francophile-ing away the memories: paris

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We rolled through Paris at the start of last August. Throughout our bike trip, our most consistent navigational struggles (and wasted hours) involved finding our way into city centers from the countryside. There was either not enough signage – common – or too much signage – also common. So when it came to Paris, I wasn’t willing to waste half a day  getting frustrated trying to find our way into town. We took a train from the Champagne-Ardenne city of Reims, a very nice place with loads of delicious affordable champagne that is unusually hard to pronounce if you are a confused American (think Rance… or Reams if you’re British and don’t give a shit about how other cultures pronounce things).

Before Paris, we had finished up a quick jaunt that found us biking from Germany -> Luxembourg -> Belgium -> France in the space of a day or so, much of which was in the pouring rain. We had camped overnight in a weird wet forest in Belgium, after eating dinner in an overly-priced overly-fancy Chinese restaurant in Luxembourg, and failing to find a dry place to spend the night. While in the weird wet forest, our nightly tent entertainment of a Game of Thrones episode was interrupted by some dude walking by on the main road, intermittently yelling loudly. At us? We’ll never know. But it creeped me out.

Once in Paris, our prime objective was to dry out all our wet nasty gear. Luckily our cute little Airbnb, which faced the Église Saint-Sulpice in the 6th Arrondissement, had a washing machine and four functional windows that let us air out our clothes, our tent, our stinky shoes, our sleeping bags, and whatever else I’ve since forgotten about.
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I love Paris. I love the energy, and the Frenchiness, and all the delicious everything, the artwork, the general faded coloring of the buildings, the hordes of tourists who make it impossible to do anything if you show up somewhere after 9am. To be fair, we were there in August, busy tourist time. We had chosen to to arrive in France when we did to avoid potential Tour de France traffic, which can be crippling if you’re in the wrong place at the wrong time. But August is the month of vacations for everyone. While tourists flood into Paris, many Parisians make gallant escapes out of the city for much of the month. This means that of the beaucoup chocolate shops and renowned pâtisseries that I hoped to visit, most of the smaller ones were sadly closed.

François Pralus was wide open, so we visited and left with a Chuao chocolate bar and one of their famous pralulines – a buttery brioche studded with rose sugar-coated almond and hazelnut pralines. I was over the moon.



We visited the Catacombs of Paris, which I had tried to visit in a past life before iPhones and constant internet, and had shown up on the wrong day when they were closed. After waiting in a miserable line at the Eiffel Tower for 90 minutes without any sign of anyone being admitted (due I think to a suspicious package terror incident the day before), we abandoned ship and made our way to Catacombs, where a 2+ hour admittance line greeted us. I didn’t really mind the wait, I knew it would be worthwhile. Eli grabbed us some sandwiches from a Paul bakery across the street, and we chatted a bit with some friendly British women on holiday from London for the weekend who were next to us in the line.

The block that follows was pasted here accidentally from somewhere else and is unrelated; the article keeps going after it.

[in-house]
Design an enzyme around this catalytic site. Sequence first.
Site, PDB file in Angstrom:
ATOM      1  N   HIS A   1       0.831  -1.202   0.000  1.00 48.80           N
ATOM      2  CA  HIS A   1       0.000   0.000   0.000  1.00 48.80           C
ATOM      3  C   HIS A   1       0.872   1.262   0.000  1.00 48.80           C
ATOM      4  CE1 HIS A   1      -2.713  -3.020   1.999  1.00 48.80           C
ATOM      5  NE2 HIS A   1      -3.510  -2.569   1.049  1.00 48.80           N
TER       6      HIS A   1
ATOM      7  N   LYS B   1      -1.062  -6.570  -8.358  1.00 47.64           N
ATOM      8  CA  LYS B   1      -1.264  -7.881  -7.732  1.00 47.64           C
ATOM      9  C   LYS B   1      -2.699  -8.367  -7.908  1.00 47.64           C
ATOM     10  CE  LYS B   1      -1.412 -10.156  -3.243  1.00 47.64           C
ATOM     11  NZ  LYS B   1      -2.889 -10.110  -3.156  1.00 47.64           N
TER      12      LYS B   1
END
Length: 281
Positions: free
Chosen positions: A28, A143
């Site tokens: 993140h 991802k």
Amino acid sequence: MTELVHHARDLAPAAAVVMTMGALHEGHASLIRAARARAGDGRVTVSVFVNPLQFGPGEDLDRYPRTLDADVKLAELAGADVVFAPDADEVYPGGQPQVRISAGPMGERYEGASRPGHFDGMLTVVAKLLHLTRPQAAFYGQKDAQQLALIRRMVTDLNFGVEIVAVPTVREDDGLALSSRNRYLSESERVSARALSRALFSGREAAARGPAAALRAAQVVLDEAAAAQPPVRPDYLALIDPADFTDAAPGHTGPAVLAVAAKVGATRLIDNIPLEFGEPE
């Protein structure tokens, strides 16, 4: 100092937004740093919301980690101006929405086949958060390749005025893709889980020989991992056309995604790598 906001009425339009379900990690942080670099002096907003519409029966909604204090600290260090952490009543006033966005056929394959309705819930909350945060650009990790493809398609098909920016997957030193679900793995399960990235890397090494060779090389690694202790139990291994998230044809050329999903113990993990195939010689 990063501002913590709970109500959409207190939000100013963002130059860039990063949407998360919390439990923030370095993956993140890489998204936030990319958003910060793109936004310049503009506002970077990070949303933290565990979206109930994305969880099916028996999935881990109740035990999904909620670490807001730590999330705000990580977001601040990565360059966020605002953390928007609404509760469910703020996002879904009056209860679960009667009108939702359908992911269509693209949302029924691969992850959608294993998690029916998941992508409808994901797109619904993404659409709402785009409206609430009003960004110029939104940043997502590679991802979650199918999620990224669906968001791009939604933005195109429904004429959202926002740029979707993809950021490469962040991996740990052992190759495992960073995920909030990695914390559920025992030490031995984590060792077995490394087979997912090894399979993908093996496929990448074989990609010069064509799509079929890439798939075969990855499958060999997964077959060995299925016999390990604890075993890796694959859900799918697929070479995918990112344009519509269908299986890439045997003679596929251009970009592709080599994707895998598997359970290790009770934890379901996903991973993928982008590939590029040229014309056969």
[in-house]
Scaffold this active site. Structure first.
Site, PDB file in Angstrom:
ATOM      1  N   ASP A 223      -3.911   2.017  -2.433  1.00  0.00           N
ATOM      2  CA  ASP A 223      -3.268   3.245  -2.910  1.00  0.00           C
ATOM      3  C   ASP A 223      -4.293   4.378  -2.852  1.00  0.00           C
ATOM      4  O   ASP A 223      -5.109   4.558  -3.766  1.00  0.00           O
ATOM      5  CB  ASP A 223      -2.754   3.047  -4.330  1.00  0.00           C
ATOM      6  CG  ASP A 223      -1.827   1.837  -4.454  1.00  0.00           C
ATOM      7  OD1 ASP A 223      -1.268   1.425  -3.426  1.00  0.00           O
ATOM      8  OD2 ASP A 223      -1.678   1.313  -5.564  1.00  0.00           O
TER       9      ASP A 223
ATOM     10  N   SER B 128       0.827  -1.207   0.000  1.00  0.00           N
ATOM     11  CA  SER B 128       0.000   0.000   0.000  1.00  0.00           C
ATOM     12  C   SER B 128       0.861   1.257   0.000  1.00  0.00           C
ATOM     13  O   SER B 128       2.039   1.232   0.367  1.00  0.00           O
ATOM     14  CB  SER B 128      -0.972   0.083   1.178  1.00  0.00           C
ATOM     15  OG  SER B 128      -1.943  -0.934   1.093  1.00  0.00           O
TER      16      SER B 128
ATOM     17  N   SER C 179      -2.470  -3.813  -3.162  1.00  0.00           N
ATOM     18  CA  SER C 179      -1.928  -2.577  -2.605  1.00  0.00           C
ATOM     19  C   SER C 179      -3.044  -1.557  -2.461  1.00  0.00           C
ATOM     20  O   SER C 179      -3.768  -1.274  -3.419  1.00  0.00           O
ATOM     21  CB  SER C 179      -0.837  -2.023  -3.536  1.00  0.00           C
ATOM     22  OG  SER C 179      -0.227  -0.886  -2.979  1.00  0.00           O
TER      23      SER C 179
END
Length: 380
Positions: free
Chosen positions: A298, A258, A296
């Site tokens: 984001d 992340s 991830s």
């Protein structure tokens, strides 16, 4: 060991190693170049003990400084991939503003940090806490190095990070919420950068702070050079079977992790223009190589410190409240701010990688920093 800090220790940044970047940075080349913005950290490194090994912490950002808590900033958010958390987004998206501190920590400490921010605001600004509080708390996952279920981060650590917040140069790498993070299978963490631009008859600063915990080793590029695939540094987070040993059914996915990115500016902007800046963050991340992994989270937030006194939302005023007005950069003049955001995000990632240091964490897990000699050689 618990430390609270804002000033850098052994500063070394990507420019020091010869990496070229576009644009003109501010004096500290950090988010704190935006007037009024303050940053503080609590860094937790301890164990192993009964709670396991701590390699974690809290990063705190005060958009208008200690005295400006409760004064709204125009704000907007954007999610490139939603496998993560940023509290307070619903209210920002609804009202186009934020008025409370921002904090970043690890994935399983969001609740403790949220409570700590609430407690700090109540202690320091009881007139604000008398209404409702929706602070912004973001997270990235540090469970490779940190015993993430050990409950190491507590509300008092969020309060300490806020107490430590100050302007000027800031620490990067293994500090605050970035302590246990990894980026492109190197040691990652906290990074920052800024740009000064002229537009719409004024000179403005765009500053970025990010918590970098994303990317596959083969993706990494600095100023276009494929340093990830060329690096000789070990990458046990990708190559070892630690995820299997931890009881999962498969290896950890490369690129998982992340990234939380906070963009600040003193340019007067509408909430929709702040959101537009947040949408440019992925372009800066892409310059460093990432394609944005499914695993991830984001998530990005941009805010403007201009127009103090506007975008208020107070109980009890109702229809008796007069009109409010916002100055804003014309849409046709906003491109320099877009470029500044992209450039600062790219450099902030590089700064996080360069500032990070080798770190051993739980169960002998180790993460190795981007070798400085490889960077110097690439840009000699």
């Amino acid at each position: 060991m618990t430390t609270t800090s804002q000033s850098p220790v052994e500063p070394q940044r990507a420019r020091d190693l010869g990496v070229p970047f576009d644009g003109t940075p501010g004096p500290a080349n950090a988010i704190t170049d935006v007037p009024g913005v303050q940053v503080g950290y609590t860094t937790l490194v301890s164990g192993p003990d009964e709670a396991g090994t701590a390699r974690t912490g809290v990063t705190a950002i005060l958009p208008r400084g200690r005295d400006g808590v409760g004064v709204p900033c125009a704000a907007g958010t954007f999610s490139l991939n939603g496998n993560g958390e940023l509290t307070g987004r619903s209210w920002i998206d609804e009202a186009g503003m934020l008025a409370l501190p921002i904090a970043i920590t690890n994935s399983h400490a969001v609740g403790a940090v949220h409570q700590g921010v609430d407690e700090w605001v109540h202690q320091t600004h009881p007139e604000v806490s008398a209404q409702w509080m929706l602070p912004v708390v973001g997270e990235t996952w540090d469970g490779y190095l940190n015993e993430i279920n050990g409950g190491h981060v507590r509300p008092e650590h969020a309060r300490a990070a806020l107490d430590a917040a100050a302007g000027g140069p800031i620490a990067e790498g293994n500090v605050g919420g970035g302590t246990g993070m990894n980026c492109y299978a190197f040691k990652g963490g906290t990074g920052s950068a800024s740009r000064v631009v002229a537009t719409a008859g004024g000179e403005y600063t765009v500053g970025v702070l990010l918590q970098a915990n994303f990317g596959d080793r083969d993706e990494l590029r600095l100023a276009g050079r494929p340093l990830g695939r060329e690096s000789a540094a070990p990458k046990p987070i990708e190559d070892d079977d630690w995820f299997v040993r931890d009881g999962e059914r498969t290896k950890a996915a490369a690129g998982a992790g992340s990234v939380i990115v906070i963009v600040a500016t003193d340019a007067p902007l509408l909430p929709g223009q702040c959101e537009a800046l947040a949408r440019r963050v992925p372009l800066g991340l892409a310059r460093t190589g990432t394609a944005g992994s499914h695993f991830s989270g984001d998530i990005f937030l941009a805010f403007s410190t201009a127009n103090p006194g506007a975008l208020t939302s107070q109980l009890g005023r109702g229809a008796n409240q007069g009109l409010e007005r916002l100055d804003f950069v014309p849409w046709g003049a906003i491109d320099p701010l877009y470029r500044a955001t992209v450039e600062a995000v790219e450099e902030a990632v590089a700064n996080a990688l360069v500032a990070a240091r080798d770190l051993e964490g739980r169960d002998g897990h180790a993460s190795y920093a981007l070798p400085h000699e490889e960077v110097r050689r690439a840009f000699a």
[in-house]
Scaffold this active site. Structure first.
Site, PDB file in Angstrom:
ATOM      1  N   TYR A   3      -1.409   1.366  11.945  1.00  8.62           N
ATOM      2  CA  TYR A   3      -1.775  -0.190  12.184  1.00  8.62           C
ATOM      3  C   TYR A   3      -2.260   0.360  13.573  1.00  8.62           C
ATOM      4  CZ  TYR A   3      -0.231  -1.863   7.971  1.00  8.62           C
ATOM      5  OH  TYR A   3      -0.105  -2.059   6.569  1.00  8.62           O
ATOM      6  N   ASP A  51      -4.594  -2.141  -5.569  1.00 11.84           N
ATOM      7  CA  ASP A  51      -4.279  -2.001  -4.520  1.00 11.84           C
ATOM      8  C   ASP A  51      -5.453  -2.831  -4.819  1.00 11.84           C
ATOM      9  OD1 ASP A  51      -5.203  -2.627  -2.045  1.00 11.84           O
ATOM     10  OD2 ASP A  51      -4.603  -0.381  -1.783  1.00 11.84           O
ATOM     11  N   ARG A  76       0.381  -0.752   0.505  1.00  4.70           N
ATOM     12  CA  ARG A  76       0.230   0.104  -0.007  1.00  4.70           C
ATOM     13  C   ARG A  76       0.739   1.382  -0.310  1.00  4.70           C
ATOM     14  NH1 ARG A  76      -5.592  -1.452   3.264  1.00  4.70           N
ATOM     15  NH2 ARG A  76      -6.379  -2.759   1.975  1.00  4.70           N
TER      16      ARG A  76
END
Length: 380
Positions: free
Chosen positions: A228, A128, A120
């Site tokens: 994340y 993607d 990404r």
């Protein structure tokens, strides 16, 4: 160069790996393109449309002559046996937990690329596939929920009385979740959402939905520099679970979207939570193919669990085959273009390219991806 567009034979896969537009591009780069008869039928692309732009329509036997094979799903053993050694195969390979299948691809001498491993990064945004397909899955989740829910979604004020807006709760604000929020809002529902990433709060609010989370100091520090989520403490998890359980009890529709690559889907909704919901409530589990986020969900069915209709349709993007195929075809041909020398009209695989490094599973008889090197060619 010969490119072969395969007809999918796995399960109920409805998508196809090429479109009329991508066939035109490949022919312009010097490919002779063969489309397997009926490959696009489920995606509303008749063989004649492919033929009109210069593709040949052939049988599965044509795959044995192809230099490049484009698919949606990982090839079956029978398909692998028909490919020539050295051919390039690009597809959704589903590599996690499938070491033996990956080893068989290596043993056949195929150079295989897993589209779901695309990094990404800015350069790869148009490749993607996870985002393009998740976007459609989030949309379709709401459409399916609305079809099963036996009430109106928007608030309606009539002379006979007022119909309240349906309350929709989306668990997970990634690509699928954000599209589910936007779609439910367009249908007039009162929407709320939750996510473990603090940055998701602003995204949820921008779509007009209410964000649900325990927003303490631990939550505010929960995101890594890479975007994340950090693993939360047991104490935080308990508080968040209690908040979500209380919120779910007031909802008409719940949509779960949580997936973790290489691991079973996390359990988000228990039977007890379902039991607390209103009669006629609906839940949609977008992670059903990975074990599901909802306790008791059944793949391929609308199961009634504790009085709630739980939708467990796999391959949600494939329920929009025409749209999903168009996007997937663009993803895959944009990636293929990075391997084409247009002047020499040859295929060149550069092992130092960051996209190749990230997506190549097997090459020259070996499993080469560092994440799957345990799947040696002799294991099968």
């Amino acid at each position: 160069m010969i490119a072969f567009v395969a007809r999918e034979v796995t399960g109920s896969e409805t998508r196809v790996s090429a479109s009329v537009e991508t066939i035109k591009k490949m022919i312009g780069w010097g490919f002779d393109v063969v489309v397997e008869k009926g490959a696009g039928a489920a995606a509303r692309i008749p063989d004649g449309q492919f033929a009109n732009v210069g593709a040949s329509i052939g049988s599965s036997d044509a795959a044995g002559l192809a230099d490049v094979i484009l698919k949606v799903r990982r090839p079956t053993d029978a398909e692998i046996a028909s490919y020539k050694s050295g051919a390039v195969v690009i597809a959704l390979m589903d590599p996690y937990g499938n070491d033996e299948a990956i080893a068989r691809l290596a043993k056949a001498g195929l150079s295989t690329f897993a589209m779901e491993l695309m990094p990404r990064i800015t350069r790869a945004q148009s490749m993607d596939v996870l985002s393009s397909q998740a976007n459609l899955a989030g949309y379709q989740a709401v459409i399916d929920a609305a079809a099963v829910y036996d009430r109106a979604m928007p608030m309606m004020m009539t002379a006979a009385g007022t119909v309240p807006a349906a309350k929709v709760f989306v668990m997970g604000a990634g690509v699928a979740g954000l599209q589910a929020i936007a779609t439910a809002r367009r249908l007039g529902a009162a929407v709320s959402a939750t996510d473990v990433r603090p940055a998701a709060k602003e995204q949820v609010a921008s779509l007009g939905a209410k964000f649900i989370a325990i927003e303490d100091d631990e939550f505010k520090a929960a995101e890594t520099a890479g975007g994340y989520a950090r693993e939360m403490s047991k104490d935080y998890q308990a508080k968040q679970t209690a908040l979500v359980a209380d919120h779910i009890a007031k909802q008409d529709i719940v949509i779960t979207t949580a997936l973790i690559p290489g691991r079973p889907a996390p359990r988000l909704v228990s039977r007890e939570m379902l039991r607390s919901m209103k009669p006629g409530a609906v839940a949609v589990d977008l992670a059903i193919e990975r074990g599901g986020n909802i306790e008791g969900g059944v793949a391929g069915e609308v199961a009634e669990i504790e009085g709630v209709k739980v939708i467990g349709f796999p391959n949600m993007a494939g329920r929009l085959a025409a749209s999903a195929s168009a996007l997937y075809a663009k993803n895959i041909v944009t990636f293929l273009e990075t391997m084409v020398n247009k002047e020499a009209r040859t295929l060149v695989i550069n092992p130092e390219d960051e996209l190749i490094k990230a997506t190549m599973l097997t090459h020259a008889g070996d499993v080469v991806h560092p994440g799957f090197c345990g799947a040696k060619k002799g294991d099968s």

And sure enough, the Catacombs were spectacular. If endless piles of artfully-placed human remains are your thing, plan a visit of your own. The climate in the tunnels makes for a nice change from a sunny August day, another perk.


Whether eating in or dining out, we ate so very well while in Paris. I couldn’t get enough of the charcuterie and soft cheeses, paired with fresh tomato and cucumber, olives, and quality french butter, and topped off with several bottles of bubbly that we had purchased in Reims, as well as the dregs of a bottle of peach liqueur from the Mosel River area in Germany.

We had our share of mini French coffees, giant salads, more baguettes, and more soft cheeses.

There was a Pierre Hermé shop mere blocks from our Airbnb, and I waited in a lengthy line there before interacting with a charismatic yet condescending employee who was frustrated that I needed two minutes to decide on the eight flavors of overpriced macarons that I wanted to try. Of the Fall-Winter 2016 collection, standouts included the Jasmine Flower & Jasmine Tea, Fresh Mint & Red Berries, Lemon & Flaky Hazelnut Praline, as well as their signature Salted-Butter Caramel. And yes, I kept the flavor card that they gave me with my purchase, so that I could accurately reference these tiny confections over half a year later.





Of all the fine dining, the highlight for me was dinner at Huguette, Bistro de la mer, a seafood restaurant in Saint-Germain-des-Prés, again just blocks from our Airbnb. We split a bottle of crisp white wine from the Languedoc-Roussillon region, which apparently is now known as Occitanie (since the end of September 2016). We feasted on two varieties of oysters, as well as cockles, clams, and shrimp. It was an incredible, truly memorable meal.

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We did the art thing a bit too. We visited the Musée d’Orsay and the Musée de l’Orangerie, primarily for the Impressionist paintings. It’s insane how cell phones have transformed art galleries. Everywhere we went, people were taking endless photos like the apocalypse was about to arrive, crowding each other and shoving their phones as far forward as they could to capture every masterpiece. I took a few pictures, mostly of the few I unexpectedly loved and the uglier paintings that made me laugh (see top painting, above).